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Nov 5, 2008

More reports on undeclared martial law

Follow ups on the very scary incidents I reported yesterday. Nothing in English on the music store incident yet, I think, but here's a Liberty Times article. For the filmmaker, see the Taipei Times here:

The Association of Taiwan Journalists, which on Monday accused the government of restricting press freedom, yesterday lashed out again after one of its members was taken into police custody outside the Grand Hotel.

“I went to the Grand Hotel to visit a friend in the morning, after passing through two police checkpoints on the way with no problem,” said the independent documentary filmmaker, who asked to be identified only as “Miss Chen.”

After staying with her friend for around two hours, Miss Chen encountered a convoy of vehicles as she left the hotel.

“I suppose it was Chen Yunlin leaving the hotel — I’m not sure,” she said. “As a filmmaker, I always carry my video recorder with me, so I taped some footage.”

After the convoy had left, police officers surrounded her and asked to see her national ID card and the video she had recorded, she said.

She refused, but police continued to ask her to show her ID. They told her to turn off the video camera and tried to grab it from her, Miss Chen said.

“They told me that it was a restricted area and I could not videotape in the area — but no one told me so at the two police checkpoints on the road leading to the hotel, and there were many tourists taking pictures or videotaping,” Miss Chen told a news conference.

After her firm refusal to show her ID, the police forced her into a police car and took her to a nearby police station.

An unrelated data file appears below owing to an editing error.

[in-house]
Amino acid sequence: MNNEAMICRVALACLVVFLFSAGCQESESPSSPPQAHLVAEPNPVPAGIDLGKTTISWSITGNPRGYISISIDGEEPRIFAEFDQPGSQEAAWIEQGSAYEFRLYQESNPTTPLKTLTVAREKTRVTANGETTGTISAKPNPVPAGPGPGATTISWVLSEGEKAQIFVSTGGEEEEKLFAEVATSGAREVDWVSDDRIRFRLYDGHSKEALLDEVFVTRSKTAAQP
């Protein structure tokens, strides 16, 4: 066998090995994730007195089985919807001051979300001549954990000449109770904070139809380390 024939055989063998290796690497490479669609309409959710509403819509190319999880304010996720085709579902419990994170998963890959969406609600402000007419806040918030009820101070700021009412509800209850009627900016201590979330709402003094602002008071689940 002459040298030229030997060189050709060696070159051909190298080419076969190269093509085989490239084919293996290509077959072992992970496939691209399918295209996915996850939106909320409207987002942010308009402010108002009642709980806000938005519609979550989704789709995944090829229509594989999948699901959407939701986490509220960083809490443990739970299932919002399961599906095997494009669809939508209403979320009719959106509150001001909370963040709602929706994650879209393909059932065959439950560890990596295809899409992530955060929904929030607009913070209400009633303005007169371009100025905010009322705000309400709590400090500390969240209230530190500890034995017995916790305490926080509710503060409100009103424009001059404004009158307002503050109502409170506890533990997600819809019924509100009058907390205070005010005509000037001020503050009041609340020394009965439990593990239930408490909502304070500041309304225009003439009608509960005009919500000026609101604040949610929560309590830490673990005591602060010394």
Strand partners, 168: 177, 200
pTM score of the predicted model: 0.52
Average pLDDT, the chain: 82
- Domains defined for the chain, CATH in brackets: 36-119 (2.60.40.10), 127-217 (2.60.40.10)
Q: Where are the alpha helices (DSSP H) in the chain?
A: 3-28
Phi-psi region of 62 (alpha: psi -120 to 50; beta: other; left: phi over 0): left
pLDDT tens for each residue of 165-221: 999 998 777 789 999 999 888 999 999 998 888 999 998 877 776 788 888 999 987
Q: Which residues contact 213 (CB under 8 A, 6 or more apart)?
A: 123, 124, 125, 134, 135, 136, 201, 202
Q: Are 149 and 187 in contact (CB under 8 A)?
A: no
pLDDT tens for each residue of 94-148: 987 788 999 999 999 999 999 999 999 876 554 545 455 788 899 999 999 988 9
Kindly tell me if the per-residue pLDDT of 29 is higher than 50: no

The police only allowed Miss Chen to leave when DPP Taipei City Councilor Chien Yu-yen (簡余晏) showed up.
And one I didn't hear about:
At least two verbal and physical clashes have occurred between local journalists and law enforcement personnel safeguarding Chen and other members of the ARATS delegation since they arrived on Monday.

Cheng Chieh-wen (鄭傑文), a photojournalist affiliated with the Central News Agency (CNA), was dragged away by national security agents at the Grand Hotel on Sunday while he was standing within the designated press area.

Yesterday, reporters engaged in verbal disputes with security officers over press areas that had been changed without prior notice.

“The ATJ strongly condemns security personnel for violently dragging and pushing reporters, and demands that the government explain such incidents and apologize to the CNA journalist,” the statement said.

1 comment:

Unknown said...

The Taipei Times has a small mention of the music store incident at